NHS contract with Capita could have put patients at risk
The outsourcing of NHS England back office tasks to a private company was a "shambles" according to MPs.
The report by the the Public Accounts Committee (PAC) says it meant thousands of GPs, dentists and opticians had been delayed in treating patients.
It added that the contract with outsourcing company Capita "potentially... put patients at risk of serious harm".
It said Capita had failed to deliver on key aspects of its service contract.
Capita said the contract was over its initial teething problems, while NHS England said the arrangement was saving money that was being used in frontline health services.
Cervical screening blunder
Capita signed a seven year contract in 2015 to perform back-office tasks for NHS England.
The PAC report said that once initial problems came to light, not enough was done to stop the issues getting worse.
It described how delays in moving medical records from one practice to another meant patients may not have been able to access necessary care.
Some 87 women were incorrectly notified that they were no longer part of the cervical screening programme.
The report also said doctors had reported problems with the transfer of medical documents, and problems caused by shortages of stock in the NHS supply chain.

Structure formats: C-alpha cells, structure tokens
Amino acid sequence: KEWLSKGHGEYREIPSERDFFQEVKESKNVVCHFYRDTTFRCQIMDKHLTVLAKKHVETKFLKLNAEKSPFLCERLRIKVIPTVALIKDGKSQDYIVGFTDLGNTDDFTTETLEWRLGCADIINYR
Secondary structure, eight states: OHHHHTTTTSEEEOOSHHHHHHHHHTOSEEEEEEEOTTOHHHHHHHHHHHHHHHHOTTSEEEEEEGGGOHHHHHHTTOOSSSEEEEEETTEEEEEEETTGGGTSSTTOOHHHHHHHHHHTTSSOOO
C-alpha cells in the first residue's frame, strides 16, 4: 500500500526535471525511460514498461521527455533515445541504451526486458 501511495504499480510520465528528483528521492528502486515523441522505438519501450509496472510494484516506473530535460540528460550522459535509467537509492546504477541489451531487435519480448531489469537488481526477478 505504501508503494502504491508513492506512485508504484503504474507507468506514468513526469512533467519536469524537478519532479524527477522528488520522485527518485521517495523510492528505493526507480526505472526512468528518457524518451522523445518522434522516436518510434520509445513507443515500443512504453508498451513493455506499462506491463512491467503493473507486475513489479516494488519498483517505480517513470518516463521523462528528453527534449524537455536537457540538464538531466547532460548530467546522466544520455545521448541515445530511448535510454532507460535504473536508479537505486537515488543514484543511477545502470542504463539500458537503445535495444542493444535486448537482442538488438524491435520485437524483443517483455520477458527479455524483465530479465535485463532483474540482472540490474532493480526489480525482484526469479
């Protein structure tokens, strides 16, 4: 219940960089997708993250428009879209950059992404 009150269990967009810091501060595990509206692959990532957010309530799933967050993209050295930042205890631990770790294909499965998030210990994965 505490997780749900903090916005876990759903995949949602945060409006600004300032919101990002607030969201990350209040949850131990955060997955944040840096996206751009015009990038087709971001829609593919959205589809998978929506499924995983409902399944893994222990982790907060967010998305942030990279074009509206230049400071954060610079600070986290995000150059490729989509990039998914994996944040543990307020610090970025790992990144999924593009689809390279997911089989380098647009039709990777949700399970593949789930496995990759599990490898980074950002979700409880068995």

"A complete mess"
PAC chairwoman Meg Hillier said: "NHS England made a complete mess of what could have been a responsible measure to save taxpayers' money.
"It is clearly unacceptable that poor procurement should put patients at risk of harm and undermine the ability of GPs, dentists, opticians and pharmacists to do their jobs."
The contract with Capita was intended to reduce primary care support service costs by 35%, and modernise the service.
The services outsourced included:
- organising payments to GP practices, opticians and pharmacies
- administering the GPs' pensions
- confirming GPs', dentists' and opticians' qualifications
- sending out letters for those eligible for cervical screening
The PAC report said neither party understood the services that were being contracted.
In May the National Audit Office also issued a report on Capita's performance, saying services had been "way below" acceptable standards, although no harm to patients had been found.
A Capita spokesman the firm had "apologised for unacceptable failings in relation to the initial delivery of this contract".
It added: "We are now meeting the vast majority of key performance targets, and have put in place a new governance arrangement with NHS England to ensure improvement continues."
An NHS England spokesman said: "We will continue to work with medical professionals and Capita to resolve the historic issues which this look-back report reviews.
"But by making this change over the past two years, the NHS has successfully saved taxpayers £60 million, which has been successfully reinvested in frontline NHS patient care, funding the equivalent of an extra 30,000 operations."